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Books

‘The Confessions of Frances Godwin’ a story of maturity, by maturity

Sunday, August 17, 2014

The worldwide success of the Harry Potter series has led to a great emphasis on young adult crossover novels in contemporary publishing. For years, teen wizards, warriors, werewolves and vampires have dominated publicity and sales in what seems to be a literary high school. Robert Hellenga’s immensely satisfying seventh novel, The Confessions of Frances Godwin, is, by contrast, an adult book – and by “adult,” I don’t mean tediously pornographic. As in Hellenga’s earlier novels (The Sixteen Pleasures, Philosophy Made Simple, Snakewoman of Little Egypt), the main characters are academics past middle age with a lifetime of experience, accomplishments and regrets. Frances Godwin is a … 0

Despite fumblings, ‘Green Girl’ strives toward optimism

Sunday, August 17, 2014

Long before Lena Dunham and her Girls, writers have wrestled with youth’s peculiar blend of narcissism and self-hatred: the sense that success is just around the corner and that one’s best days are long gone. Early in Hamlet, Polonius tells his daughter, “You speak like a green girl, unsifted in such perilous circumstance.” … 0

‘Blue Mind’ a study of emotional, psychological, physical connections

Sunday, August 17, 2014

As I look up from the pages of this book, there’s nothing between me and the horizon but water. The only sounds are the hypnotic hiss of stones as they are dragged back by waves and the occasional call of a gull. Fresh air gusts over the water’s surface, picking up notes of … 0

‘Locust’ a dark and fantastical tale

Sunday, August 3, 2014

The stories we tell to explain autism go back centuries. The Celts believed fairies stole healthy babies and replaced them with elfin spirits. Bruno Bettelheim insisted the problem was cold, witchy mothers. Later, pediatricians and needles would be … 0

‘Lies’ a study of WWI virtues

Sunday, August 3, 2014

Unlike the books in Jacqueline Winspear’s popular Maisie Dobbs series, The Care and Management of Lies is not a mystery – although its scenes of World War I trench warfare certainly leave a reader in suspense. As much … 0

‘Book of Life’ crowded, complicated

Sunday, August 3, 2014

Time-tripping witch and scholar Diana Bishop returns in The Book of Life, the final installment of Deborah Harkness’s best-selling “All Souls” trilogy. When last encountered in Shadow of Night, Diana and her husband, aristo vampire geneticist Matthew Clairmont, … 0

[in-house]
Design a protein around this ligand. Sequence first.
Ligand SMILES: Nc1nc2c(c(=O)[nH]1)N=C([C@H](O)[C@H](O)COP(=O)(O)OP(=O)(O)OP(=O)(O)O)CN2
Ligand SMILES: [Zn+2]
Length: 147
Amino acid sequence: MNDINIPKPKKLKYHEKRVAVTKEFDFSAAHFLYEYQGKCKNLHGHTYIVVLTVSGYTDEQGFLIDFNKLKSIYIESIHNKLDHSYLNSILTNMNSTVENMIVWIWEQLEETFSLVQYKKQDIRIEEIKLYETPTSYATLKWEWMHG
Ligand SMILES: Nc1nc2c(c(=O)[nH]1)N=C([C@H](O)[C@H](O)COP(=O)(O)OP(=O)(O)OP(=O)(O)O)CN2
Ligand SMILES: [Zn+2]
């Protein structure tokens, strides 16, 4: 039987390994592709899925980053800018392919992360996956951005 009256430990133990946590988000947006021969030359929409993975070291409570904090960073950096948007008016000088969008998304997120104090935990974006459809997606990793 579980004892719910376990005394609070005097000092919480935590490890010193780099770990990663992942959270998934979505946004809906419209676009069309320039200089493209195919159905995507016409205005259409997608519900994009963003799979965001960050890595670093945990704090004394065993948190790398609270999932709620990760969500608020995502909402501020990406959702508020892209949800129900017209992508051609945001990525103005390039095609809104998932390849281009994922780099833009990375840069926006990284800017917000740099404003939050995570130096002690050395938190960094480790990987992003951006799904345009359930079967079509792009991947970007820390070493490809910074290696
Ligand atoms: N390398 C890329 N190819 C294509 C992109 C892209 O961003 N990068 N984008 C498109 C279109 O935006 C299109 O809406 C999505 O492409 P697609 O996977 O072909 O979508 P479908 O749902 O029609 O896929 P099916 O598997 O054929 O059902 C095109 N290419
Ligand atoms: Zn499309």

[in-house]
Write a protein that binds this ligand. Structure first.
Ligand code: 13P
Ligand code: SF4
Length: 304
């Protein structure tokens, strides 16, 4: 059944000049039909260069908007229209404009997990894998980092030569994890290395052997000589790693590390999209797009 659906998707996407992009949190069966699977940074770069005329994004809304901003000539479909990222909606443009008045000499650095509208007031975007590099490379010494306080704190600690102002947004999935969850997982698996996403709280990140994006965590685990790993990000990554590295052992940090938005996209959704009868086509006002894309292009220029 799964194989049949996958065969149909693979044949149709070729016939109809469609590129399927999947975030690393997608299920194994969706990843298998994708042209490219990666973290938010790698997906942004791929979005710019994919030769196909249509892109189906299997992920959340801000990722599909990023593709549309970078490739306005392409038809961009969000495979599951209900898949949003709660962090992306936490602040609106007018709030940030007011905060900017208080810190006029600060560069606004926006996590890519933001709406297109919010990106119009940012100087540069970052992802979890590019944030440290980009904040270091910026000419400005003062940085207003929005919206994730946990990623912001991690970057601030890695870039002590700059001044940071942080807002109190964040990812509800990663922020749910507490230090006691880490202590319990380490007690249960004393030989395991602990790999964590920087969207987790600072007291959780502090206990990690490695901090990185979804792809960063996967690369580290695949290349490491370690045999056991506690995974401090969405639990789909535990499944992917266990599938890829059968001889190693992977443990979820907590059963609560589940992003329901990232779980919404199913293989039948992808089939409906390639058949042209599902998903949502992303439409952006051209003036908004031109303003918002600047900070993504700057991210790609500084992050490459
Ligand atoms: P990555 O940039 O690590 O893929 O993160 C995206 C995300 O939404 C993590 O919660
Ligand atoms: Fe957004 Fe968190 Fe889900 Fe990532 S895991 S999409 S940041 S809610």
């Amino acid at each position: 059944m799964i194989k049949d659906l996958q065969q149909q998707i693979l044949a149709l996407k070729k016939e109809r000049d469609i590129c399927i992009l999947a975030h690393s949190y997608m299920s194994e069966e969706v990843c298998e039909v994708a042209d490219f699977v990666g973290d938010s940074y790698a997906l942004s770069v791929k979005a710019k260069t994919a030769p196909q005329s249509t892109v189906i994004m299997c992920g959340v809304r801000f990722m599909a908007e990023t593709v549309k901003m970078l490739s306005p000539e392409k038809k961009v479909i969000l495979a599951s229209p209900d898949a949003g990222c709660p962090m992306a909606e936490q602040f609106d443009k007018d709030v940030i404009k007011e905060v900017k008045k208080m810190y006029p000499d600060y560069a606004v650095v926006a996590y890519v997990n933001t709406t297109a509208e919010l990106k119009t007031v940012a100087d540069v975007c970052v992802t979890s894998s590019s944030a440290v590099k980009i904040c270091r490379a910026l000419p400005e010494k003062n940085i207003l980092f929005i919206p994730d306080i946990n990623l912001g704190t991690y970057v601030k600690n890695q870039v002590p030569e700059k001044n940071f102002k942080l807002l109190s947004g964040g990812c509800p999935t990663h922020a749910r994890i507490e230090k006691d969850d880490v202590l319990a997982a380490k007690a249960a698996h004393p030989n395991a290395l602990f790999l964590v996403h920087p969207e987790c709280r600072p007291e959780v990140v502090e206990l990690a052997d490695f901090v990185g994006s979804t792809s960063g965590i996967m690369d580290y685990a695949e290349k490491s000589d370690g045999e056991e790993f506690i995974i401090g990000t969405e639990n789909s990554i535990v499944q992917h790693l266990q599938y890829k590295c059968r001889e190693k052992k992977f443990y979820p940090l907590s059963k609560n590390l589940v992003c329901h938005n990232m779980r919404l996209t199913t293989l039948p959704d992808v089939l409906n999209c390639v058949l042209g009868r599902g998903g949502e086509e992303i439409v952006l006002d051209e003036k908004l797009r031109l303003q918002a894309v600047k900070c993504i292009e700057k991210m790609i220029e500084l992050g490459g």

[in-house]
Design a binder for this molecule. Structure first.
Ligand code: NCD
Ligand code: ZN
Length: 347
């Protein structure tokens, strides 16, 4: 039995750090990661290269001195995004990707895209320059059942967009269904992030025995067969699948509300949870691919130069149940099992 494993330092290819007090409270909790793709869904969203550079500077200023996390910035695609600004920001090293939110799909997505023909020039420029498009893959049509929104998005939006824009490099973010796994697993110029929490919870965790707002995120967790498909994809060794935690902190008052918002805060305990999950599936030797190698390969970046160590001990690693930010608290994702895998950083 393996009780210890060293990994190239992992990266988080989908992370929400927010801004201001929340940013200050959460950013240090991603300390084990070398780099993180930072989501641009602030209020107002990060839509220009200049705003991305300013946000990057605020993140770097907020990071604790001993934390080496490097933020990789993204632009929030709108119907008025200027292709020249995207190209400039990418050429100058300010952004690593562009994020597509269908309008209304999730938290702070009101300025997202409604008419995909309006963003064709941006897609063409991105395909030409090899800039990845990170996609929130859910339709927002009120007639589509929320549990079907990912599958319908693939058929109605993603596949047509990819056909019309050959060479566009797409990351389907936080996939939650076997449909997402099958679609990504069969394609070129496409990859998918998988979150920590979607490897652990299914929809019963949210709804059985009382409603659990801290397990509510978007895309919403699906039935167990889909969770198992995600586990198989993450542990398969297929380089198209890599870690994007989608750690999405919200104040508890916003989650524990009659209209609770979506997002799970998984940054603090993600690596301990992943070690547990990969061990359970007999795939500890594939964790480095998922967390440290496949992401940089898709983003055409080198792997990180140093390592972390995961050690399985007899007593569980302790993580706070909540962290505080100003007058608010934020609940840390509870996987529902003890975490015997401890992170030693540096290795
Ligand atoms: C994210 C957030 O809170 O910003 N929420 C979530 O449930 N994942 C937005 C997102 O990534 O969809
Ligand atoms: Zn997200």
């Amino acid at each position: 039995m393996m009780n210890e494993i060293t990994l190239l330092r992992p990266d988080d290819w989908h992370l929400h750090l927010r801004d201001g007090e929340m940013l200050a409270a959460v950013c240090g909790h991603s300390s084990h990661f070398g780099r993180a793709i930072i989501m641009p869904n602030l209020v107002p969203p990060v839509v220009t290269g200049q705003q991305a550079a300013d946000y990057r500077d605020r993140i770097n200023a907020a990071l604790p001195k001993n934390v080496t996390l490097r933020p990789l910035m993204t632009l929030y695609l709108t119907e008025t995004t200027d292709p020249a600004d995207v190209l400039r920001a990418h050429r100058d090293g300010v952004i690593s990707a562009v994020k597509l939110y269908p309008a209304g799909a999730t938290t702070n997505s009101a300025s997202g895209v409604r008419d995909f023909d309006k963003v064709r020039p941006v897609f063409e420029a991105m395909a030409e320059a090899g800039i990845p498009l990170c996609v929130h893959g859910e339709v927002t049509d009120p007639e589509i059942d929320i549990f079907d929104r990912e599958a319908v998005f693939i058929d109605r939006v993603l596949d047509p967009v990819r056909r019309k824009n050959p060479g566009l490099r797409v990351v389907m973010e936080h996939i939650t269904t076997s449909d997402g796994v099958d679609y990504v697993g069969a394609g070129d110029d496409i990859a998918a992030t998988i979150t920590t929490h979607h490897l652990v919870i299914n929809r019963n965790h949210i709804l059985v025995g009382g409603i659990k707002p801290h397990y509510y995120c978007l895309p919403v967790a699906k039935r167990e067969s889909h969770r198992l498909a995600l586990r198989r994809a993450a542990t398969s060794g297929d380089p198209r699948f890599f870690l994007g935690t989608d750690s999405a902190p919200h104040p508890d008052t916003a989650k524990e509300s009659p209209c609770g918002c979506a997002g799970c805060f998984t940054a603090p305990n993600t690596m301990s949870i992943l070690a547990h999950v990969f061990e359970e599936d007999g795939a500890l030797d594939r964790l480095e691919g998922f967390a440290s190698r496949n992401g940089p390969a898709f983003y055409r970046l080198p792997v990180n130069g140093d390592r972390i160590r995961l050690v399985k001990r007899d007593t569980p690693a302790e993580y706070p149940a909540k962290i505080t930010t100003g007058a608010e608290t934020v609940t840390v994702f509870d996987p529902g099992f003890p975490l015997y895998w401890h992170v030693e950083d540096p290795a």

American Life in Poetry: Punching holes in the sky

Sunday, August 3, 2014

At one point in Gene Wolfe’s Book of the New Sun, a story set on a far-future Earth lapsed into a Dark Age, the narrator glimpses a “warrior of a dead world” in an enigmatic picture hanging in … 0

Michaelangelo bio odd but not bad

Sunday, August 3, 2014

In this enjoyable but curious biography, art historian Miles J. Unger presents the High Renaissance master Michelangelo Buonarroti through six of his major works: the Pieta, David, two segments of the Sistine Chapel frescos (the Creation of Adam … 0

‘The Beans of Egypt, Maine’ a spectacular, quirky read

Sunday, August 3, 2014

Carolyn Chute’s blockbuster novel The Beans of Egypt, Maine was a New York Times best-seller and Book-of-the-Month Club selection. It is about the impoverished townspeople of fictitious Egypt, Maine, told with total honesty and brutal detail. The author … 0

‘Dry Bones’ a disturbing debut for Bouman

Sunday, July 27, 2014

Tom Bouman is a serious writer – literate, understated, elegant – and Dry Bones in the Valley is an exciting and disturbing debut. His detective, Henry Farrell, comes alive in a way that pulls us into his story from our first glimpse of him barefoot on his porch … 0

Dystopian ‘California’ amusing, if not convincing

Sunday, July 27, 2014

The environment is a disaster. Government has failed. Food is scarce. Untreatable viruses run rampant. Humans have lost the ability to reproduce. Welcome to the robust genre of post-apocalyptic dystopian fiction, otherwise known as “something really bad happened … 1

Another author boosted by ‘Colbert Bump’

Sunday, July 27, 2014

The “Colbert Bump” is becoming contagious. Edan Lepucki, whose novel California became a best-seller thanks to a plug from Stephen Colbert, has in turn helped another book catch on. During an interview on Comedy Central’s The Colbert Report … 0

Compelling characters in Atkins’s ‘The Forsaken’

Sunday, July 27, 2014

Sheriff Quinn Colson has been working to clean up corruption and injustice in Ace Atkins’s compelling crime fiction series, but he can’t change the past of Jericho, Miss., when he’s faced with a decades-old crime that leads to … 0